R M Cullen
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Coaches and administrators are not always blind to a player's skin colour. This has become very obvious at the Warriors in 2016, with coach McFadden preferring weak white players to gifted brown ones, presumably with the support of CEO Jim Doyle.
After the first two games of 2016 racism was an obvious explanation why McFadden persisted with Robson in the halves at the expense of Tui Lolohea, and why Konrad Hurrell was in reserve grade. Before last night's game against Canberra, McFadden said that Allwood was chosen ahead of Hurrell on form. I don't think anyone believed him, including Allwood and the other players in the Warriors lineup. It is obvious by now that Wright is not the best available wing, but Wright is White and that does the trick with McFadden
Racism is a corrosive thing anywhere and a sports team is no exception. Everyone knows it is present, and everyone is affected by it. Allwood knows he does not have his place on merit. Konrad Hurrell is upfront about it - the coach is an idiot. He shouldn't be blamed for stating what many people believe. Racism unsettles everyone in the team. McFadden talks about a lack of trust in the team. Of course there is a lack of trust. The players know they do not have their places on merit. They have their places either because of their skin colour or because they have brown-nosed the coach.
Jim Doyle with his private school headmaster approach to man-management has embedded McFadden's racism. It is very clear within the Warriors camp now that the players, the brown ones anyway, are children. They are to be given a set of rules, and obedience to the rules is necessary before they will be considered for selection. It is a sick club culture, and behind it is a belief that the white way is the right way.
What are the implications of racism for elite athlete development? There are three key things. Racism runs both ways, it is not often missed by brown boys, and it is not seen by the perpetrators.
Brown boys are racist. There is no doubt about this, and it is a positive thing, unifying many rugby league teams. For some years I have run a sports academy, and it is fair to say that on the odd occasion when a white boy approaches us he finds it a lot harder to become part of the group than a brown boy from South Auckland would. In the end though skills and the ability to take a bit of cheek while responding in kind are all it takes. On the field the brown boys expect the white boy to miss tackles, and they often accept this when they would say something if the tackle had been missed by a brown boy. The expectation that white boys miss tackles often leads the brown boy to try and play two positions in defence. This racism is part of 'bro culture' and one of the effects of multiple strokes is that Graham Lowe has forgotten how important bro culture was in the Otahuhu teams that launched his coaching career.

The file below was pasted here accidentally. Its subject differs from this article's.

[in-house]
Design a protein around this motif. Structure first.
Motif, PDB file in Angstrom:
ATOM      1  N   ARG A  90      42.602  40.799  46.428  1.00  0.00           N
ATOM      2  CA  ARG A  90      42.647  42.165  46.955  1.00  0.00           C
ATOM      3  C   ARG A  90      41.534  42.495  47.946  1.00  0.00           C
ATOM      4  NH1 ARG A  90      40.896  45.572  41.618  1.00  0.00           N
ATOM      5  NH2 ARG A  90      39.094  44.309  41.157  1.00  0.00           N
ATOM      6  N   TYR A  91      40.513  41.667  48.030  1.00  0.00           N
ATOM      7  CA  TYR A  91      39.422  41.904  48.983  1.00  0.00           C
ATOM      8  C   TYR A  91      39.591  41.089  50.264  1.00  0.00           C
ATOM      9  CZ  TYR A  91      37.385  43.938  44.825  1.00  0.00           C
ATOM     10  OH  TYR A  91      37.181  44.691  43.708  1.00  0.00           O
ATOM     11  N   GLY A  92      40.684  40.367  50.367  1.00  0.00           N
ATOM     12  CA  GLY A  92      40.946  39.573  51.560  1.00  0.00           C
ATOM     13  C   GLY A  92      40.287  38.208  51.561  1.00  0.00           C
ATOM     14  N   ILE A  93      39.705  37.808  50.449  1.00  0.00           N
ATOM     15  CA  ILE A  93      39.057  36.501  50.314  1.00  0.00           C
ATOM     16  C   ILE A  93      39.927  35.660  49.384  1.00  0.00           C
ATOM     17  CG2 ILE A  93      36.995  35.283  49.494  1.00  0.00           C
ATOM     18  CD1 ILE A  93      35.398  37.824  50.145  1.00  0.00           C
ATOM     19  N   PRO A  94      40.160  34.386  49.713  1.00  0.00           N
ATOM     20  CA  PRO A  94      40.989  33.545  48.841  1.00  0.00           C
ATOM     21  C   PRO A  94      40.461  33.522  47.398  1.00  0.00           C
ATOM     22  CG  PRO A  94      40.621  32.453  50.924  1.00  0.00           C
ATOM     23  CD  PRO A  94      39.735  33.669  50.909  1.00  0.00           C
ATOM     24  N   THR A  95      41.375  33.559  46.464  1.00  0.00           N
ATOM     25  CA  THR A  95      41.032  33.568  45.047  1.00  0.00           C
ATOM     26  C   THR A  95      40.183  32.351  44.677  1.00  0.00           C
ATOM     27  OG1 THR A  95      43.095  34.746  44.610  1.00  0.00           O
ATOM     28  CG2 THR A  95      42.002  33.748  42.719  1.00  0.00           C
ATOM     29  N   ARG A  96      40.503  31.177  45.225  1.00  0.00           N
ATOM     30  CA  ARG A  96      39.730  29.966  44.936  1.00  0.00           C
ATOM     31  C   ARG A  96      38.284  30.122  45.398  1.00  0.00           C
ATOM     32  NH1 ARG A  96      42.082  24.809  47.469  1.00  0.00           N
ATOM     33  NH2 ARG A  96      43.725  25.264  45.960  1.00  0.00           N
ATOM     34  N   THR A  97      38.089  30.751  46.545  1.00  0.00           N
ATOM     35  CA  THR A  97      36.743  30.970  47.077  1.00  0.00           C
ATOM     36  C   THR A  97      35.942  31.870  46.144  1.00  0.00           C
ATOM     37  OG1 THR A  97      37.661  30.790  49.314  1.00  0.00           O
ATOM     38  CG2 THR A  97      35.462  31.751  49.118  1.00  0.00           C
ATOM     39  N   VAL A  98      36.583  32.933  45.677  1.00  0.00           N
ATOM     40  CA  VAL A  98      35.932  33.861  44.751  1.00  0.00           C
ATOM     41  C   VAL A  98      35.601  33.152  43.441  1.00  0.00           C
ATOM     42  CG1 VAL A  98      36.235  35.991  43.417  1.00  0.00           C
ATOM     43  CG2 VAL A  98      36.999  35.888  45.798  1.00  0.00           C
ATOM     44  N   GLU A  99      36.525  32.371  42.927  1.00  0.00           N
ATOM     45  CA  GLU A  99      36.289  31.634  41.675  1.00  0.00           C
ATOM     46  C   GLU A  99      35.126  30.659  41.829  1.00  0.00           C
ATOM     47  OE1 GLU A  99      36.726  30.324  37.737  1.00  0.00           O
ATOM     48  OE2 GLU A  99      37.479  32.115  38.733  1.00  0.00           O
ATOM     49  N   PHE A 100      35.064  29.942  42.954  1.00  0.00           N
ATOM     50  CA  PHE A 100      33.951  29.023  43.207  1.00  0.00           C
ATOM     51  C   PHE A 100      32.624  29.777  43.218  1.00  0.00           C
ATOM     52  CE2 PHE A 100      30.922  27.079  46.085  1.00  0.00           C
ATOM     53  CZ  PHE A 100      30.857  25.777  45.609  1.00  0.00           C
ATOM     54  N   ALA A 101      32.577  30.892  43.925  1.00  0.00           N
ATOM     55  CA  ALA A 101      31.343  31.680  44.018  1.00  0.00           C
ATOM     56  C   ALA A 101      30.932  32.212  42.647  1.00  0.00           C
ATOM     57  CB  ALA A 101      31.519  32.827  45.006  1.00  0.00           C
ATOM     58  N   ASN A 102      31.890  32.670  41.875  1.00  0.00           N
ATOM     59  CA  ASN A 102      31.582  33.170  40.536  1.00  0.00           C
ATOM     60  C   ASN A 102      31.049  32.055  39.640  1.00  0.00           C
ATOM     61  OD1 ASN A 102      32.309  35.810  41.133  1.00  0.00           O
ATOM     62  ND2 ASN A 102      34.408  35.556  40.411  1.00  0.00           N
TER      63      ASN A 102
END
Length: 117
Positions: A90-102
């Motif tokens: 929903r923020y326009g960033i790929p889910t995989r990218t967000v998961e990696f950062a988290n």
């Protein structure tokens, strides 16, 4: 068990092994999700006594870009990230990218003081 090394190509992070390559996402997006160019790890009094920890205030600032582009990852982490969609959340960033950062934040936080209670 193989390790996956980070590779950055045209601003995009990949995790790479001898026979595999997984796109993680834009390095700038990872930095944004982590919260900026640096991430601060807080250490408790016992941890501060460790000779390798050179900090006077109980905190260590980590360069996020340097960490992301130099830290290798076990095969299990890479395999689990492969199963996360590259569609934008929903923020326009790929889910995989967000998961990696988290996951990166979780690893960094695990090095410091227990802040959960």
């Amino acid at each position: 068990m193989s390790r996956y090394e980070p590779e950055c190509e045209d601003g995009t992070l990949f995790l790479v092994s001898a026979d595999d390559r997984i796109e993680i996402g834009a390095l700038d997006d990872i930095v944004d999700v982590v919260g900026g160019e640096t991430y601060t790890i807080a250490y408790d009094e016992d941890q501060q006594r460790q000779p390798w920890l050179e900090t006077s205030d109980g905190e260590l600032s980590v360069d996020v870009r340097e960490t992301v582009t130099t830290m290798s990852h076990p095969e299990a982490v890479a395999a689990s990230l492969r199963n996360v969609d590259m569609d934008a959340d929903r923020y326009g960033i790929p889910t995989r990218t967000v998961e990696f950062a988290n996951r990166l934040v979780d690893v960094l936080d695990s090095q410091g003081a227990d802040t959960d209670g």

Brown boys rarely miss racism directed at them. Most of the league boys I know have been questioned by the police for the South Auckland offence of being outside while brown. They have extensive experience of being treated differently because of their skin colour, and they know when it is happening again.
I have no doubt that McFadden genuinely believes he is blind to player skin colour and that Jim Doyle would be genuinely offended to be accused of enabling racism in the organisation he heads. However, there comes a time when the weight of evidence must tell.
Is Jeff Robson really a better half than Mason Lino? Is Matt Allwood really in better form than Konrad Hurrell? Do the club values reflect Polynesian or European values? Does Jim know the difference? Why is it acceptable for Jeff Robson to feign injury to avoid playing reserve grade?
So what is my advice to young elite athletes who perceive that their career is blocked by a racist coach or club? Suck it up, lad. That's the way the world is, and you aren't going to change it. Make a joke of it. I would love it if Konrad turned up to the next team meeting with his face painted white. Would Jim get the point, or would it be a reason to invoke further disciplinary action? What's the chance of a reporter asking him?